"Stress from family, friends, life, or whatever ties me up in knots then settles in my writing, preventing me from working."

"What do you do about it?" I asked.

She laughed. "Cuss a lot."

I asked her to tell us about her writing space.

"For the time being, my pc isn’t compatible with the new wireless, and my laptop needs replaced, so I sit in my bedroom (with the only outlet my laptop will function on) by the window that faces the pond. It’s quite lovely in the morning, especially if there’s mist rising from the water. We have two Canadian geese living here this summer, so it’s always comforting to watch them. Also, the bullfrogs at the pond do a great imitation of the Bud-weis-er croaks," she said, laughing.

When she's working online, from time to tome her husband and kids will give her very strange looks. The reason? If someone asks Faith a question on Facebook or in email, she answers it aloud before she starts typing.

"Have you ever eaten a crayon?" I wondered. Faith laughed. "No! However, my mother said I was horrible about stuffing paper up my nose when I was a toddler. She said she was constantly sprinkling pepper on my nose to get me to sneeze the paper out. But if I were to eat a crayon, it would be red. I like red."

Finally, I asked, "If you had to do your journey to getting published all over again, what would you do differently?"

"I would ask God or the Powers that Be to plan my birth in the 1940s. I have said over and over that I got into publishing at the wrong time. I should’ve entered publishing 20 years before I did. I love e-publishing, but my dream is to get into traditional publishing and maintain a good career through it. The problem, though, is that people nowadays have very short attention spans—texting, games, fast-paced movies—so it makes it very difficult to work in traditional publishing. The love and beauty of how words and sentences are put together have given way to shorter paragraphs, common words, and instant gratification. It’s sad because the written word is a true gift no matter what language."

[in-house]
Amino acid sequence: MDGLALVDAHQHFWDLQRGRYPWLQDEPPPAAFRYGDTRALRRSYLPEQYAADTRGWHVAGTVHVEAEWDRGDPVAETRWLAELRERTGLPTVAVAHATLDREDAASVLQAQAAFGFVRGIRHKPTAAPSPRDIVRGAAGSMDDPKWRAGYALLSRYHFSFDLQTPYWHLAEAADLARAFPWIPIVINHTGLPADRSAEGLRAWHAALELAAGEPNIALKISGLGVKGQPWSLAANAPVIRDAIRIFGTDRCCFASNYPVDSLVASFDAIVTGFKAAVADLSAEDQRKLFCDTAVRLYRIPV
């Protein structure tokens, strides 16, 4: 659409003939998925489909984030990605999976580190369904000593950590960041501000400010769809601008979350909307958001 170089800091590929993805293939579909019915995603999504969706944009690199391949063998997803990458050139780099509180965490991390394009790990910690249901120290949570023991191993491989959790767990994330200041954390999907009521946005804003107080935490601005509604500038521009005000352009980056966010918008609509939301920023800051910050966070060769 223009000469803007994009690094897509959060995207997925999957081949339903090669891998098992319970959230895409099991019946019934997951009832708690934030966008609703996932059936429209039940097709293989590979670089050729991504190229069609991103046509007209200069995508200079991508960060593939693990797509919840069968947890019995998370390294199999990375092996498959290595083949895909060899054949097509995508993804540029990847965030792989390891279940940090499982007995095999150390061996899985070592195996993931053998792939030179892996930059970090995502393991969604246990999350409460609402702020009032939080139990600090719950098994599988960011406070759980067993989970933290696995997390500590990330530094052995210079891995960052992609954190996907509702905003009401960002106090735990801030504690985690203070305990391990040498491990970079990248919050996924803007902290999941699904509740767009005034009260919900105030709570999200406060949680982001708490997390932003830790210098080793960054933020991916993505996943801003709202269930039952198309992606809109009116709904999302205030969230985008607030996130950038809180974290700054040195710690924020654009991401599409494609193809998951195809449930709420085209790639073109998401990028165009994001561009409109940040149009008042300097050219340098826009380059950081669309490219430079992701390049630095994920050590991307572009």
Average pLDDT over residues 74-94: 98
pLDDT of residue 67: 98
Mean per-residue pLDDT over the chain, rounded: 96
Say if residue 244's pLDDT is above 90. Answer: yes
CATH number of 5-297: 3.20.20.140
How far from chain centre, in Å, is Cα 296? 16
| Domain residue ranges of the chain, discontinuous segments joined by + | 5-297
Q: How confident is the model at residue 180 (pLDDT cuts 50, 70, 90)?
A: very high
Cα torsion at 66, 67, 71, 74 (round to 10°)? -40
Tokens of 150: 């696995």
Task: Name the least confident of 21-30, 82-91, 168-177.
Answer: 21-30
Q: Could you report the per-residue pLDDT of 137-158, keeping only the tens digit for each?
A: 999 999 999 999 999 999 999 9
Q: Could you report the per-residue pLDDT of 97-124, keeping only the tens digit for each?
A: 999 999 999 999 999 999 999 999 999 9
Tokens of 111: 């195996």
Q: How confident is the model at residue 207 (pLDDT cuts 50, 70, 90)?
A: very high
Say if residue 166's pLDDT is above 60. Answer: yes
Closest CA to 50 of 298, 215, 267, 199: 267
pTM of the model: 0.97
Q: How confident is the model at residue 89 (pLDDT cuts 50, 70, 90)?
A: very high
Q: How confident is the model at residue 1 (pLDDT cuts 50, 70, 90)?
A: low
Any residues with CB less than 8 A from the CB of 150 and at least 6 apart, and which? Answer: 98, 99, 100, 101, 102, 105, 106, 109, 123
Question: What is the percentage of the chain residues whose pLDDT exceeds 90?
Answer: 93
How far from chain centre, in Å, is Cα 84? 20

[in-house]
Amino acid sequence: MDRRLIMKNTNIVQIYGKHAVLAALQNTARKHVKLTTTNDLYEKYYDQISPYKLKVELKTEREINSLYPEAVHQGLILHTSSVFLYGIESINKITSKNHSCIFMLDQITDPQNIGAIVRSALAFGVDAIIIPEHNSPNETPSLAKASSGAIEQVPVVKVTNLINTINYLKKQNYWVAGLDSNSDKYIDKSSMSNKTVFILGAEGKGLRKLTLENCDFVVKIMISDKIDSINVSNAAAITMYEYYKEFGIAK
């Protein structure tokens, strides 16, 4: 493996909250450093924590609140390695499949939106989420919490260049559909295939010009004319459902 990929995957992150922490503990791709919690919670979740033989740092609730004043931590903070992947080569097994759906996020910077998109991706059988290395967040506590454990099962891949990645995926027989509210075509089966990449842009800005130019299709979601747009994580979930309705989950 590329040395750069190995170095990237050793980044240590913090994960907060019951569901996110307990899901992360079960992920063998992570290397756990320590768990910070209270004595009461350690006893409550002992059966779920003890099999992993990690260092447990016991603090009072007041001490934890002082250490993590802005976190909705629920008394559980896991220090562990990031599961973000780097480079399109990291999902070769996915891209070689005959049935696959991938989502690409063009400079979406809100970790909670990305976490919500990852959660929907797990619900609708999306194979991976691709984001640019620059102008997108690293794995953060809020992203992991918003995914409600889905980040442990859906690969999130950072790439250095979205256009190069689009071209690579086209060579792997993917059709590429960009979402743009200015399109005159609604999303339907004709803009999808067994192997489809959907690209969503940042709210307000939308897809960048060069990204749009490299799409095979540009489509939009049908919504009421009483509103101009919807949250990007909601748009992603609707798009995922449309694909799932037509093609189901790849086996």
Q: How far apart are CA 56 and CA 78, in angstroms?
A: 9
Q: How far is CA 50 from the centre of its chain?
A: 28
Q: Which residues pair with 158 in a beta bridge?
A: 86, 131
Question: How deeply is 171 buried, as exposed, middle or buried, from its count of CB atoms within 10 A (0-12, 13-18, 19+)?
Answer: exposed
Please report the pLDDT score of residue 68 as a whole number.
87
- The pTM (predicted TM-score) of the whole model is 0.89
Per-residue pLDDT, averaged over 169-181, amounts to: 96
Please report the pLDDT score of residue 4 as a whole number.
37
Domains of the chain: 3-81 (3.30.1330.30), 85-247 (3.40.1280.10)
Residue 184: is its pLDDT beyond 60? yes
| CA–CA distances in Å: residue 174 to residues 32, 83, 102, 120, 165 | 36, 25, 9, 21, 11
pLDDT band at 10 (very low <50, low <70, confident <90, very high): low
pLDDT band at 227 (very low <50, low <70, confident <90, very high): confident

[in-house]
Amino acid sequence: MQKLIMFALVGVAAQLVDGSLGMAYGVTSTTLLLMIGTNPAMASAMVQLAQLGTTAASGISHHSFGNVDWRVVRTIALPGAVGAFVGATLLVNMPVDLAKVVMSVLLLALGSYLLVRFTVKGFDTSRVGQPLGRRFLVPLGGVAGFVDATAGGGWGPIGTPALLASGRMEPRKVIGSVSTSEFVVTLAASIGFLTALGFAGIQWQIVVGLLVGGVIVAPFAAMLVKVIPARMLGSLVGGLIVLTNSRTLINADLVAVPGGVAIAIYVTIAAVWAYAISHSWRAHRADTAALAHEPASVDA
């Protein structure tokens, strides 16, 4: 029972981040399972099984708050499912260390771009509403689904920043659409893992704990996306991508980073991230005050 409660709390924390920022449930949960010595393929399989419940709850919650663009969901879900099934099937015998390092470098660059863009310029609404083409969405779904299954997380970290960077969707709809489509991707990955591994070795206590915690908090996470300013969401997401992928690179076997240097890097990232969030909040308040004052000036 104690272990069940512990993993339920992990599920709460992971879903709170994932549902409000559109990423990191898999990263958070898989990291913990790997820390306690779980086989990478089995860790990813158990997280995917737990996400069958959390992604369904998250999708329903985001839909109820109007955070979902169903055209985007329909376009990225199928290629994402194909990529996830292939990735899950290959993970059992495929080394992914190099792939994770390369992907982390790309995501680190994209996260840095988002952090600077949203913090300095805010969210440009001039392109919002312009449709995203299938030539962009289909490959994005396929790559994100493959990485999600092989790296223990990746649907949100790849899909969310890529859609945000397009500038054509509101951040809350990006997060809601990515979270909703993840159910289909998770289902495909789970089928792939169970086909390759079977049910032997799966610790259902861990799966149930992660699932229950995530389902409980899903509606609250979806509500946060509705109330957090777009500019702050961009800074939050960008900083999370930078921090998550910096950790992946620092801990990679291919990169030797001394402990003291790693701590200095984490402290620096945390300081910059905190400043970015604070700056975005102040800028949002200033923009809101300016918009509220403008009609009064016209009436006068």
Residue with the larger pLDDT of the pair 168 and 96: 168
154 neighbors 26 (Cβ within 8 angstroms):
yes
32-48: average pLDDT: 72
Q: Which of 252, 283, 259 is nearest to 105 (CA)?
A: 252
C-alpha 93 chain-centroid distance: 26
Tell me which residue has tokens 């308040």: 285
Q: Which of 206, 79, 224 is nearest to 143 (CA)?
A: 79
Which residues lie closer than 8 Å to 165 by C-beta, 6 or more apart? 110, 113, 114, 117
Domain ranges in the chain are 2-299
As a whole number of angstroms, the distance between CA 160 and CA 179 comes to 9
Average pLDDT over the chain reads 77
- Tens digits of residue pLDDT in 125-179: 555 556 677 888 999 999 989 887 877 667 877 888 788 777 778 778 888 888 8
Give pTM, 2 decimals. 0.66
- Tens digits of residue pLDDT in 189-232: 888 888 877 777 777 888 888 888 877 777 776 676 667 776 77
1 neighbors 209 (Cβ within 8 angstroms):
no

Faith wanted to leave you with her two favorite quotes:

"Better to write for yourself & have no public than to write for the public & have no self."~Cyril Connolly.

And

"If you don't have time to read, you don't have the time (or the tools) to write. Simple as that.” ~Stephen King.

About the Author: F.L. Bicknell's work has appeared in a wide range of genres and publications such as: Would That It Were, Touch, GC, and Ohio Writer magazines as well as with publications in Canada and Turkey. Under her pseudonym, Molly Diamond, she was a regular contributor to Gent and Ruthie's Club and has had fiction published in Hustler's Busty Beauties, Penthouse Variations, and Twenty 1 Lashes. Ms. Bicknell is the author of several e-book and print titles, also writing as Azura Ice. She has served as co-editor and managing editor for three different publishing houses. She is represented by TriadaUS Literary Agency.

Find the author online at:

www.FaithBicknell.com
http://www.facebook.com/faithbicknellbrown
www.facebook.com/F.L.Bicknell
www.Twitter.com/FLBicknell
www.myspace.com/faith_zinnia
www.kinglegraph/authors/FLBicknell

Olivia is a single mother struggling to raise her daughter, finish college, and work at a popular café. Her ex-fiancé has tainted her view on love, but a chance meeting on a rooftop with a new tenant in her building changes Olivia's life forever.

When Ben meets the fiercely independent Olivia, he knows he wants to spend the rest of his life with her. However, neighbors catch them making love in the elevator, and the repercussions might end not only Olivia's livelihood but their budding relationship, too.

Do they have more to hold them together than one night of making love in the rain?

19 comments:

Faith said...

I'm late getting here, but has been a crazy week! Thank you very much for the lovely interview.

Anthology Authors said...